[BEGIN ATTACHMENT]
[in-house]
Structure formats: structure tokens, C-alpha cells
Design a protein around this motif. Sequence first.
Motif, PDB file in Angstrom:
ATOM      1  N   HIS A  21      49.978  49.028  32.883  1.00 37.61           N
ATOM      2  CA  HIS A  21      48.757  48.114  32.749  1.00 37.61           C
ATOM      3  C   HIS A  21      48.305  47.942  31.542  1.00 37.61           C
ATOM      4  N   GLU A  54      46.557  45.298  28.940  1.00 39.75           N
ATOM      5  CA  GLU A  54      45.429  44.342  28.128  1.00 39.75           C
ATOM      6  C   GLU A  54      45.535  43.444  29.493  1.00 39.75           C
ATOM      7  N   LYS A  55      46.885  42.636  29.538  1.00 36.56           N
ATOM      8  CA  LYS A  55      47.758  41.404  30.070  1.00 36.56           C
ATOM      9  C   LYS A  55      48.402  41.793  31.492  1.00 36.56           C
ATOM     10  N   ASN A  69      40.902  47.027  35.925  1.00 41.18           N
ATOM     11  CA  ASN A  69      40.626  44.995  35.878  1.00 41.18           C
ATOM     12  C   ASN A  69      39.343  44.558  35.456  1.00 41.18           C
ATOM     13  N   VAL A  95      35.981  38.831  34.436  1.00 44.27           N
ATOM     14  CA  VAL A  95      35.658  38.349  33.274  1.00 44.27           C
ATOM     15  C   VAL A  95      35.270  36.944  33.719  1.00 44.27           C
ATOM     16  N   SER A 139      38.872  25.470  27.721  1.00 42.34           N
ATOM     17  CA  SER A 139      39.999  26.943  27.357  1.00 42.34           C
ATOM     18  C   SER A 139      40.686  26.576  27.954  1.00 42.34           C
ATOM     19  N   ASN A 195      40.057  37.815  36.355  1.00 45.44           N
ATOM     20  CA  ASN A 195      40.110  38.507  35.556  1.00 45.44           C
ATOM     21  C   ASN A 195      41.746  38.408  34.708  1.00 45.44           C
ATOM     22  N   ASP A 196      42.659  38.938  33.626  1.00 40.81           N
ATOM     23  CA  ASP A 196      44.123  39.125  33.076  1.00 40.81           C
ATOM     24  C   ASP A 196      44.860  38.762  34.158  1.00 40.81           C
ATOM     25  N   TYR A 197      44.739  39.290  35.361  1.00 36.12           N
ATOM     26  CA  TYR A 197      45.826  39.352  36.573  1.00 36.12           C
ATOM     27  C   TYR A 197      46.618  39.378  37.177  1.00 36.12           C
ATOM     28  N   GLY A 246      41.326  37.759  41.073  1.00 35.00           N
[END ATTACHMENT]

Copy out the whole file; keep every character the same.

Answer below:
[in-house]
Structure formats: structure tokens, C-alpha cells
Design a protein around this motif. Sequence first.
Motif, PDB file in Angstrom:
ATOM      1  N   HIS A  21      49.978  49.028  32.883  1.00 37.61           N
ATOM      2  CA  HIS A  21      48.757  48.114  32.749  1.00 37.61           C
ATOM      3  C   HIS A  21      48.305  47.942  31.542  1.00 37.61           C
ATOM      4  N   GLU A  54      46.557  45.298  28.940  1.00 39.75           N
ATOM      5  CA  GLU A  54      45.429  44.342  28.128  1.00 39.75           C
ATOM      6  C   GLU A  54      45.535  43.444  29.493  1.00 39.75           C
ATOM      7  N   LYS A  55      46.885  42.636  29.538  1.00 36.56           N
ATOM      8  CA  LYS A  55      47.758  41.404  30.070  1.00 36.56           C
ATOM      9  C   LYS A  55      48.402  41.793  31.492  1.00 36.56           C
ATOM     10  N   ASN A  69      40.902  47.027  35.925  1.00 41.18           N
ATOM     11  CA  ASN A  69      40.626  44.995  35.878  1.00 41.18           C
ATOM     12  C   ASN A  69      39.343  44.558  35.456  1.00 41.18           C
ATOM     13  N   VAL A  95      35.981  38.831  34.436  1.00 44.27           N
ATOM     14  CA  VAL A  95      35.658  38.349  33.274  1.00 44.27           C
ATOM     15  C   VAL A  95      35.270  36.944  33.719  1.00 44.27           C
ATOM     16  N   SER A 139      38.872  25.470  27.721  1.00 42.34           N
ATOM     17  CA  SER A 139      39.999  26.943  27.357  1.00 42.34           C
ATOM     18  C   SER A 139      40.686  26.576  27.954  1.00 42.34           C
ATOM     19  N   ASN A 195      40.057  37.815  36.355  1.00 45.44           N
ATOM     20  CA  ASN A 195      40.110  38.507  35.556  1.00 45.44           C
ATOM     21  C   ASN A 195      41.746  38.408  34.708  1.00 45.44           C
ATOM     22  N   ASP A 196      42.659  38.938  33.626  1.00 40.81           N
ATOM     23  CA  ASP A 196      44.123  39.125  33.076  1.00 40.81           C
ATOM     24  C   ASP A 196      44.860  38.762  34.158  1.00 40.81           C
ATOM     25  N   TYR A 197      44.739  39.290  35.361  1.00 36.12           N
ATOM     26  CA  TYR A 197      45.826  39.352  36.573  1.00 36.12           C
ATOM     27  C   TYR A 197      46.618  39.378  37.177  1.00 36.12           C
ATOM     28  N   GLY A 246      41.326  37.759  41.073  1.00 35.00           N